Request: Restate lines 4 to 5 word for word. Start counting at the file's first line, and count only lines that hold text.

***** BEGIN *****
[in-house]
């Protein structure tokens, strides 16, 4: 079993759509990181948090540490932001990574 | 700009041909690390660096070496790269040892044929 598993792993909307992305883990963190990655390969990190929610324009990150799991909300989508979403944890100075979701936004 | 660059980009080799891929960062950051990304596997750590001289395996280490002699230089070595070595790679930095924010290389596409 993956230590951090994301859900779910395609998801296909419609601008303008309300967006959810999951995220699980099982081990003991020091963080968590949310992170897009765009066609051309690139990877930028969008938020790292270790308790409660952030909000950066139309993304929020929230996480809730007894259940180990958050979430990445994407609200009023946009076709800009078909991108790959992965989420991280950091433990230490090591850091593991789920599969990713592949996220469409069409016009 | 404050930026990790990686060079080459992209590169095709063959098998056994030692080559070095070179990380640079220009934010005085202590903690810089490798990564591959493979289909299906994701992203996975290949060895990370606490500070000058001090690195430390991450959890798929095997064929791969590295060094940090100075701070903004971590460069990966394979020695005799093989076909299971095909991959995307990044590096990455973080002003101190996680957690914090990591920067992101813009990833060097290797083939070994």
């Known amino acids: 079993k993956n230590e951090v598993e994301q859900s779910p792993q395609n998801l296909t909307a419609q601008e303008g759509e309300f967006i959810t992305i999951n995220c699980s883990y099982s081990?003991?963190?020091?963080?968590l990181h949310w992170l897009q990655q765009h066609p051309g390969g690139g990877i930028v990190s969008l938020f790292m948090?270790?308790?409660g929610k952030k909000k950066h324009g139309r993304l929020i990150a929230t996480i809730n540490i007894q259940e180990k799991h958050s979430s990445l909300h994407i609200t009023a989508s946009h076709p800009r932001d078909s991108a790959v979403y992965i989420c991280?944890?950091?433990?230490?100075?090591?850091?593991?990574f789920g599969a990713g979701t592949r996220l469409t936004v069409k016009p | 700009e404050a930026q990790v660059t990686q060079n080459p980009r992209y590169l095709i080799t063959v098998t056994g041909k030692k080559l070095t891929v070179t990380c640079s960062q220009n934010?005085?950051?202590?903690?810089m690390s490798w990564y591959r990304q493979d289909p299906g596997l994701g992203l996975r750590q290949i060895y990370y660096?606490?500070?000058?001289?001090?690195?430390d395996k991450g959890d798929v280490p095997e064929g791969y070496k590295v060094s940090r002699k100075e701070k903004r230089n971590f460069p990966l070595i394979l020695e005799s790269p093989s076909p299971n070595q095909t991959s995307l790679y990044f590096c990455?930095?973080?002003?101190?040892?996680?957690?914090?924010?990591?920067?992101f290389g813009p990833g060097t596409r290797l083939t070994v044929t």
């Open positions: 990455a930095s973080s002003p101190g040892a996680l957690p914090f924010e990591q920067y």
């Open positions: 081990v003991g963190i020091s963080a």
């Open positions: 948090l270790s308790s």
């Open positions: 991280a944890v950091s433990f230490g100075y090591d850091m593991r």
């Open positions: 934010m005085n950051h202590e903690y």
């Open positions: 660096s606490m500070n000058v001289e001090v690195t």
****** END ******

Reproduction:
């Open positions: 990455a930095s973080s002003p101190g040892a996680l957690p914090f924010e990591q920067y």
């Open positions: 081990v003991g963190i020091s963080a």